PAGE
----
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    Introduction: minds, bodies, machines

    Coleman, D. and Fraser, Hilary (2008) Introduction: minds, bodies, machines. 19: Interdisciplinary Studies in the Long Nineteenth Century (7), ISSN 1755-1560.

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    Abstract

    This issue of 19 brings together a selection of essays from an interdisciplinary conference on 'Minds, Bodies, Machines' convened last year by Birkbeck's Centre for Nineteenth-Century Studies, University of London, in partnership with the English programme, University of Melbourne and software developers Constraint Technologies International (CTI). The conference explored the relationship between minds, bodies and machines in the long nineteenth century, with a view to understanding the history of our technology-driven, post-human visions. It is in the nineteenth century that the relationship between the human and the machine under post-industrial capitalism becomes a pervasive theme. From Blake on the mills of the mind by which we are enslaved, to Carlyle's and Arnold's denunciation of the machinery of modern life, from Dickens's sooty fictional locomotive Mr Pancks, who 'snorted and sniffed and puffed and blew, like a little labouring steam-engine', and 'shot out […]cinders of principles, as if it were done by mechanical revolvency', to the alienated historical body of the late-nineteenth-century factory worker under Taylorization, whose movements and gestures were timed, regulated and rationalised to maximize efficiency; we find a cultural preoccupation with the mechanisation of the nineteenth-century human body that uncannily resonates with modern dreams and anxieties around technologies of the human.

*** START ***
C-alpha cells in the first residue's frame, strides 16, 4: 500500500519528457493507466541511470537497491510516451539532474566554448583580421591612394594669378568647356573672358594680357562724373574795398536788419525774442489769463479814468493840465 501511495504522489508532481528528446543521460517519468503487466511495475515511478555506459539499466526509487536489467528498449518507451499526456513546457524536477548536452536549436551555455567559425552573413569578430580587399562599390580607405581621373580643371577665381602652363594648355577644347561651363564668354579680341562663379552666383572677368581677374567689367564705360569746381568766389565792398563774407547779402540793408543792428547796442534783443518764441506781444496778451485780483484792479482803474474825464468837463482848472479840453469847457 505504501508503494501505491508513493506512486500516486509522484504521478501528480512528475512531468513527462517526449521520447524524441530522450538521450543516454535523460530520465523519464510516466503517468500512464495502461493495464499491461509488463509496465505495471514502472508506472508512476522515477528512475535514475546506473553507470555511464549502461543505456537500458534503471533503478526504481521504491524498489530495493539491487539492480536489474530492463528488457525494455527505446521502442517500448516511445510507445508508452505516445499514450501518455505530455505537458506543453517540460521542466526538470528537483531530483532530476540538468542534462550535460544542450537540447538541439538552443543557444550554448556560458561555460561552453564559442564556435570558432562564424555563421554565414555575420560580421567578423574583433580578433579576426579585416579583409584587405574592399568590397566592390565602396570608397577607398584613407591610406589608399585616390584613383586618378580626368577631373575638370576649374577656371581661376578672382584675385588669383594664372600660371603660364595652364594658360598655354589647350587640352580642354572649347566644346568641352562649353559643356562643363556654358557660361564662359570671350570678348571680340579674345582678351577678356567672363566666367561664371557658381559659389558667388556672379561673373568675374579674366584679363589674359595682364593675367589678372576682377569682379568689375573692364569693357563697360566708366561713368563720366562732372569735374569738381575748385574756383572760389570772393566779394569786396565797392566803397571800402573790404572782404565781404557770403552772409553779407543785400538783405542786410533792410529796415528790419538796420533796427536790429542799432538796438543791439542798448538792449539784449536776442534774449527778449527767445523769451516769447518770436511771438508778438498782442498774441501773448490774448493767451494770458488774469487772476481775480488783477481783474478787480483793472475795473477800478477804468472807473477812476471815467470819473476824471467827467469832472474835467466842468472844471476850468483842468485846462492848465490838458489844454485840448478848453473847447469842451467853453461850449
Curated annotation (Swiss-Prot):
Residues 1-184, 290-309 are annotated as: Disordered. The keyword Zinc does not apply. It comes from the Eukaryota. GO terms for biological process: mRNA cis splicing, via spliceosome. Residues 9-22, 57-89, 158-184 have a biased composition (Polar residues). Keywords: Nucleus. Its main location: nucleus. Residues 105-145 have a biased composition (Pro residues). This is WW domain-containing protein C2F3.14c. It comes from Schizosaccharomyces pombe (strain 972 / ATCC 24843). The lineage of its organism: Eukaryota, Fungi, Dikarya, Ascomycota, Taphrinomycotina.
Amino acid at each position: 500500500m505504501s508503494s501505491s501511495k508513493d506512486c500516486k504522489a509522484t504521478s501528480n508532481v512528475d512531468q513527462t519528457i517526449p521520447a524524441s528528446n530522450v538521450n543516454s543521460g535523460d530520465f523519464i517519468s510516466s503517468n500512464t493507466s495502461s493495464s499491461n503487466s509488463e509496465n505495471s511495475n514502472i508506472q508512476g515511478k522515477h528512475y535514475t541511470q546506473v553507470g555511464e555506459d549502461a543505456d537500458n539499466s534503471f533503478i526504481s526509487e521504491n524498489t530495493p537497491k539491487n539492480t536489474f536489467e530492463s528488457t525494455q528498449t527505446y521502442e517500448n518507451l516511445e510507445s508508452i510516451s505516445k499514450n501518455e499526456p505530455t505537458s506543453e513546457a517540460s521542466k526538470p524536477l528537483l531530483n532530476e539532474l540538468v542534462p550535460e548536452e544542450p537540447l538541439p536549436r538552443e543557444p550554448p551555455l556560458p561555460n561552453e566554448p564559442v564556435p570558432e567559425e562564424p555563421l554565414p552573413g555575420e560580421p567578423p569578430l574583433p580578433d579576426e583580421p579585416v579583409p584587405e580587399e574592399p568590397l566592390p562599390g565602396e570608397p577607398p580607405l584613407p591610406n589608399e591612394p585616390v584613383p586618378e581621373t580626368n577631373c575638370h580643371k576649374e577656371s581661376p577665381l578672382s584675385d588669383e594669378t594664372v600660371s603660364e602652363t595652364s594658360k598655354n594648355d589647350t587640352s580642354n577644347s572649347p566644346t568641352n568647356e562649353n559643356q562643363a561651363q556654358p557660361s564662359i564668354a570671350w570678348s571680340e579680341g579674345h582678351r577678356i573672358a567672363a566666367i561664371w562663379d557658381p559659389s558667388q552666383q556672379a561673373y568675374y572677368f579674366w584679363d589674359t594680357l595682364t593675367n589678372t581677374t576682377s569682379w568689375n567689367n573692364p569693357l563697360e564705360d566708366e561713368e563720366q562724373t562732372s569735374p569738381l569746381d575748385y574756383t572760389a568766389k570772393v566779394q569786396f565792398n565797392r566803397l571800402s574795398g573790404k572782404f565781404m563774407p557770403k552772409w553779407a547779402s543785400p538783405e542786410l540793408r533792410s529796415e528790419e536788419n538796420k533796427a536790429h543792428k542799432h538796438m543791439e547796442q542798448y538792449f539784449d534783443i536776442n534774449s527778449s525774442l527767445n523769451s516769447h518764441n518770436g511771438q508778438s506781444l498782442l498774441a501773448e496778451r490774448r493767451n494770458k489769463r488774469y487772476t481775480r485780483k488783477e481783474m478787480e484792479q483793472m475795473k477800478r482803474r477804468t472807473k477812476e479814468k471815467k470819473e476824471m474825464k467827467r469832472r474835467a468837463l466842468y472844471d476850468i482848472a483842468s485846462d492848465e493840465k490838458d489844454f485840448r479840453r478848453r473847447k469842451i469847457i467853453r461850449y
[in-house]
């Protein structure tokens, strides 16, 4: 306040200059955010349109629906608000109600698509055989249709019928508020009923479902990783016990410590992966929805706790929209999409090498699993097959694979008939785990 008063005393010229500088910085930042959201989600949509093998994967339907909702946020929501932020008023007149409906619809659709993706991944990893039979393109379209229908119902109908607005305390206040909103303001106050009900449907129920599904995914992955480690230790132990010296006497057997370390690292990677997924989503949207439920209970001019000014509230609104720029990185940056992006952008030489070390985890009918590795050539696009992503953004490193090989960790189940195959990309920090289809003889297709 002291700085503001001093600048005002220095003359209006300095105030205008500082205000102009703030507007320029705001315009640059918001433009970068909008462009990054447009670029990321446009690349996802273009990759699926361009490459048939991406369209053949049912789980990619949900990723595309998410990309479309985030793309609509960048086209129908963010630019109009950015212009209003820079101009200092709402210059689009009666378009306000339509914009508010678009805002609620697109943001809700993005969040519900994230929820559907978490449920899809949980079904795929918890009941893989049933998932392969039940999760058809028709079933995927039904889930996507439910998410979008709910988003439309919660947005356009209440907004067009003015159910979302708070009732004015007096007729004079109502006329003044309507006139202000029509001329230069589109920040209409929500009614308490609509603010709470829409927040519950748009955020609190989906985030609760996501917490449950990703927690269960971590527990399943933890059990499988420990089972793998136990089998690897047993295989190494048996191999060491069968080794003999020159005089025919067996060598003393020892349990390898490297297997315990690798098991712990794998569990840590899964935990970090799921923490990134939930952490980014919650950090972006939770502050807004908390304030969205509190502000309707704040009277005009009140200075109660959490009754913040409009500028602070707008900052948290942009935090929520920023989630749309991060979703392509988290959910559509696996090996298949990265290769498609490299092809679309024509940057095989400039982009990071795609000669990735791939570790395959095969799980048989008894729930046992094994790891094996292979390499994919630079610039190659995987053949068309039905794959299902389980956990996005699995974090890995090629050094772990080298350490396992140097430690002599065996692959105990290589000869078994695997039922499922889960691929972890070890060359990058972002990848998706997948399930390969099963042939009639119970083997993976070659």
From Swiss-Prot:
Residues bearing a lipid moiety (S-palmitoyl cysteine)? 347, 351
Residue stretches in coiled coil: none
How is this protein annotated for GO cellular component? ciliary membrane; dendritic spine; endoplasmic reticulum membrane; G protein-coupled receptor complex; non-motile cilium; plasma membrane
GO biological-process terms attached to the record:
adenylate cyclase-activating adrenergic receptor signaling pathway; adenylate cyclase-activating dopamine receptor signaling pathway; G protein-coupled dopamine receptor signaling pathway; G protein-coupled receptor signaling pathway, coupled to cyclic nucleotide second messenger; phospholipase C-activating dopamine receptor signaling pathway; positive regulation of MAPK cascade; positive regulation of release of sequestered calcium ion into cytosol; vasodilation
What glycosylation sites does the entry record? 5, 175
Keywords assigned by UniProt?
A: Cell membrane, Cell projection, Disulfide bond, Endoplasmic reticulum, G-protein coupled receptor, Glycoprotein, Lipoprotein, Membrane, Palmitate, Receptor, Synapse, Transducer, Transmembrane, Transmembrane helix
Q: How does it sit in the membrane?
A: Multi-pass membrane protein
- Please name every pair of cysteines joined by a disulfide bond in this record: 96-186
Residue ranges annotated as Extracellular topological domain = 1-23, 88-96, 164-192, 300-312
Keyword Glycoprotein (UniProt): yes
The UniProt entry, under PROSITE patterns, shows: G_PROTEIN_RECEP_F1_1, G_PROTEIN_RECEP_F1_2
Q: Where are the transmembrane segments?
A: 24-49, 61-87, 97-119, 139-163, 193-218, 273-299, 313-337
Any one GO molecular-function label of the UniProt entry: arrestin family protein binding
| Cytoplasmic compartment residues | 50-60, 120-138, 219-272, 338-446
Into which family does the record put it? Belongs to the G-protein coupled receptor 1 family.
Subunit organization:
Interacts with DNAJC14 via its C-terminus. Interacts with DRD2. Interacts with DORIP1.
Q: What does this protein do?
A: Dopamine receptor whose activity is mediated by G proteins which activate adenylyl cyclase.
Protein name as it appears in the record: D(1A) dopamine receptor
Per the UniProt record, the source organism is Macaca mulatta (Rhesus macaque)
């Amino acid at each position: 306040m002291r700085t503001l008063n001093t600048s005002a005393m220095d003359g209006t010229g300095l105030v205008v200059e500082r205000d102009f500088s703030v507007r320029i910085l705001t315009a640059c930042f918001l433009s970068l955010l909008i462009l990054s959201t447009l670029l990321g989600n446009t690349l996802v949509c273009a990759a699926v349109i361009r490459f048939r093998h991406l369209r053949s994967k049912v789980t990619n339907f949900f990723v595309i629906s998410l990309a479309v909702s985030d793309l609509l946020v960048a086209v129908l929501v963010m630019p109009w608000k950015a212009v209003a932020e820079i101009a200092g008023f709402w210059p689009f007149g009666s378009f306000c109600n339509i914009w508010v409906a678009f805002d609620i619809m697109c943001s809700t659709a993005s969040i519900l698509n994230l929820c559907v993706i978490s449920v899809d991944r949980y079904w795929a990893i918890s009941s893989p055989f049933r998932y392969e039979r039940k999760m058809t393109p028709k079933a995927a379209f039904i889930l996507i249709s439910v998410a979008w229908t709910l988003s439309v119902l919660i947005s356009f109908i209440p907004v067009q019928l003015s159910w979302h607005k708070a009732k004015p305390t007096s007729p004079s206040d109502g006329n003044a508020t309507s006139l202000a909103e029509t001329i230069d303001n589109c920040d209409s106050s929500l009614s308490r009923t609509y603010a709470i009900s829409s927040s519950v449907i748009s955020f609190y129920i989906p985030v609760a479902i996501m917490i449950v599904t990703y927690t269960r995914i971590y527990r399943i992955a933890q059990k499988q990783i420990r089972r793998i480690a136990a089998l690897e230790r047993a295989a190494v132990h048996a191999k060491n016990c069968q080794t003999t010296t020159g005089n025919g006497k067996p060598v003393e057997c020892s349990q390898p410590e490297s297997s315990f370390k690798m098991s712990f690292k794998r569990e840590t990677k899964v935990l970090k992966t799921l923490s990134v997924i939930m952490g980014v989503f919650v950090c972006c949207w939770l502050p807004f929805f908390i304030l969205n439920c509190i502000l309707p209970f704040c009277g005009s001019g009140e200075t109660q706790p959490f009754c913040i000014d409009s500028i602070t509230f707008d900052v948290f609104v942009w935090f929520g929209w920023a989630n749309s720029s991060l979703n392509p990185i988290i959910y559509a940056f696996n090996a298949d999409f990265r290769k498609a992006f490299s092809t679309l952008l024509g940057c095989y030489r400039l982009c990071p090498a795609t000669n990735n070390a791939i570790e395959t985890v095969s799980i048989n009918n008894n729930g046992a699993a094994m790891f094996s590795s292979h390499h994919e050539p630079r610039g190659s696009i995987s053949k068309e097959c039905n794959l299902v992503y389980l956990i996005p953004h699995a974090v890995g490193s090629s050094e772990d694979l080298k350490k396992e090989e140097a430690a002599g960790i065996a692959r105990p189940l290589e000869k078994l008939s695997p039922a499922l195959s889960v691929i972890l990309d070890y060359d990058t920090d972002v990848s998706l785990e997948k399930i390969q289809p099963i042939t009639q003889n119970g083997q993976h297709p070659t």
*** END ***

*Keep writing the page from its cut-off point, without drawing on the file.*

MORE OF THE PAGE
Metadata

    Item Type: Article
    School: Birkbeck Schools and Departments > School of Arts > English and Humanities
    Research Centre: Nineteenth-Century Studies, Centre for
    Depositing User: Administrator
    Date Deposited: 13 May 2011 08:28
    Last Modified: 06 Dec 2016 10:19
    URI: http://eprints.bbk.ac.uk/id/eprint/2650

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